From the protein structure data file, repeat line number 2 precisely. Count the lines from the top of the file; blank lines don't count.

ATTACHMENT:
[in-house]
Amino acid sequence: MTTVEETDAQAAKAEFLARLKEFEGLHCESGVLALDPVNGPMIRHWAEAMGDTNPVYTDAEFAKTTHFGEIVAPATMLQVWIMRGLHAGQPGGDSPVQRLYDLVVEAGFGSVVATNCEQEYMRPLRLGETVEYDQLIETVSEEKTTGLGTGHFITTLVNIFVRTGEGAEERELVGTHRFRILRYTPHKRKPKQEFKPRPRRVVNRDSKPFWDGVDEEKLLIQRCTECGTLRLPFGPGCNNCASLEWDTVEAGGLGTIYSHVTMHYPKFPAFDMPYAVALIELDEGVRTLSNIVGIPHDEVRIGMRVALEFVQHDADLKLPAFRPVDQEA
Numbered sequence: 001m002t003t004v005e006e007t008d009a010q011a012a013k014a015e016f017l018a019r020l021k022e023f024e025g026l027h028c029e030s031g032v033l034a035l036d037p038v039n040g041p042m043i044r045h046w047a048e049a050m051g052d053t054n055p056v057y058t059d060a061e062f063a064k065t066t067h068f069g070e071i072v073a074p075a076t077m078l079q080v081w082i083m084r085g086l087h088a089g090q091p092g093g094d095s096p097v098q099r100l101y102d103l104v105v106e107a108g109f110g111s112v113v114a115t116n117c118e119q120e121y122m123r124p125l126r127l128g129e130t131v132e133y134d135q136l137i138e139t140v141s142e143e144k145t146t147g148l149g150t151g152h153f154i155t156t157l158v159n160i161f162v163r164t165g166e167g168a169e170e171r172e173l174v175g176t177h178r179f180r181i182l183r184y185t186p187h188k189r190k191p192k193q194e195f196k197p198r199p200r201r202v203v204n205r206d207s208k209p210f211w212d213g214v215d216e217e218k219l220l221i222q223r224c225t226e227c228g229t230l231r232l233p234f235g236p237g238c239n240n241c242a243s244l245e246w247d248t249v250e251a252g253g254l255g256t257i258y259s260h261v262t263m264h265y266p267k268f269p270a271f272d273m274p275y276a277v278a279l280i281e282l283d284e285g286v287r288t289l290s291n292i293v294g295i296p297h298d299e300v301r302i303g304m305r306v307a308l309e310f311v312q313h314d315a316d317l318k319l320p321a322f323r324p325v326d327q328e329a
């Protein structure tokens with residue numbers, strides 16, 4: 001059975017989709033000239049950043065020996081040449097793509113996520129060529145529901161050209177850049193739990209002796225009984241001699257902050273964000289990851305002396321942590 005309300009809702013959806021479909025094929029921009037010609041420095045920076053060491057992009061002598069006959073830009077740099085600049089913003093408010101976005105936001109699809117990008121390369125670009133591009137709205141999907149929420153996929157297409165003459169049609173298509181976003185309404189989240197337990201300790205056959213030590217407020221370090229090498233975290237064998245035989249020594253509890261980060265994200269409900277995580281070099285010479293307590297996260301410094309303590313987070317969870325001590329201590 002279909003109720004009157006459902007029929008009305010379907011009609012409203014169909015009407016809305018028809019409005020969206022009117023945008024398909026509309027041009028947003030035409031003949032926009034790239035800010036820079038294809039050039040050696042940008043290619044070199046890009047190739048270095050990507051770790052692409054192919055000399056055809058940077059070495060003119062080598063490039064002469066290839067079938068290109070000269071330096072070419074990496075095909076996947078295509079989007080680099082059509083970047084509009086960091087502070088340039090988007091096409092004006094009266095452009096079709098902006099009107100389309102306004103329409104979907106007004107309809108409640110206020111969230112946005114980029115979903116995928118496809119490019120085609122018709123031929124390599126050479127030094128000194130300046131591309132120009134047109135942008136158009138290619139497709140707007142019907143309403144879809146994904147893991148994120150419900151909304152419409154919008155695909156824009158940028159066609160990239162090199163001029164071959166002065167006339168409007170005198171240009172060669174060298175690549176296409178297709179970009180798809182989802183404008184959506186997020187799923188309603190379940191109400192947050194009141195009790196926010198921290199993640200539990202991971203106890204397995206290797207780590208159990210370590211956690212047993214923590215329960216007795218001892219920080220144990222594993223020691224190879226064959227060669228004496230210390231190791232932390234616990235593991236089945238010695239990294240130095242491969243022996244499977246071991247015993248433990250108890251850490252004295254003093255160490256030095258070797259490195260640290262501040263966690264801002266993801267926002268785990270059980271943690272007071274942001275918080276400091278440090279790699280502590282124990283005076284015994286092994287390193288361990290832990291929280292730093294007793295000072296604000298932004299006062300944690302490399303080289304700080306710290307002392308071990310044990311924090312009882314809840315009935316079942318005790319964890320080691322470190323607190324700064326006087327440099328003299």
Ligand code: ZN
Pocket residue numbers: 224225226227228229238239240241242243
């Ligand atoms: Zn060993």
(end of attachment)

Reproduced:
Amino acid sequence: MTTVEETDAQAAKAEFLARLKEFEGLHCESGVLALDPVNGPMIRHWAEAMGDTNPVYTDAEFAKTTHFGEIVAPATMLQVWIMRGLHAGQPGGDSPVQRLYDLVVEAGFGSVVATNCEQEYMRPLRLGETVEYDQLIETVSEEKTTGLGTGHFITTLVNIFVRTGEGAEERELVGTHRFRILRYTPHKRKPKQEFKPRPRRVVNRDSKPFWDGVDEEKLLIQRCTECGTLRLPFGPGCNNCASLEWDTVEAGGLGTIYSHVTMHYPKFPAFDMPYAVALIELDEGVRTLSNIVGIPHDEVRIGMRVALEFVQHDADLKLPAFRPVDQEA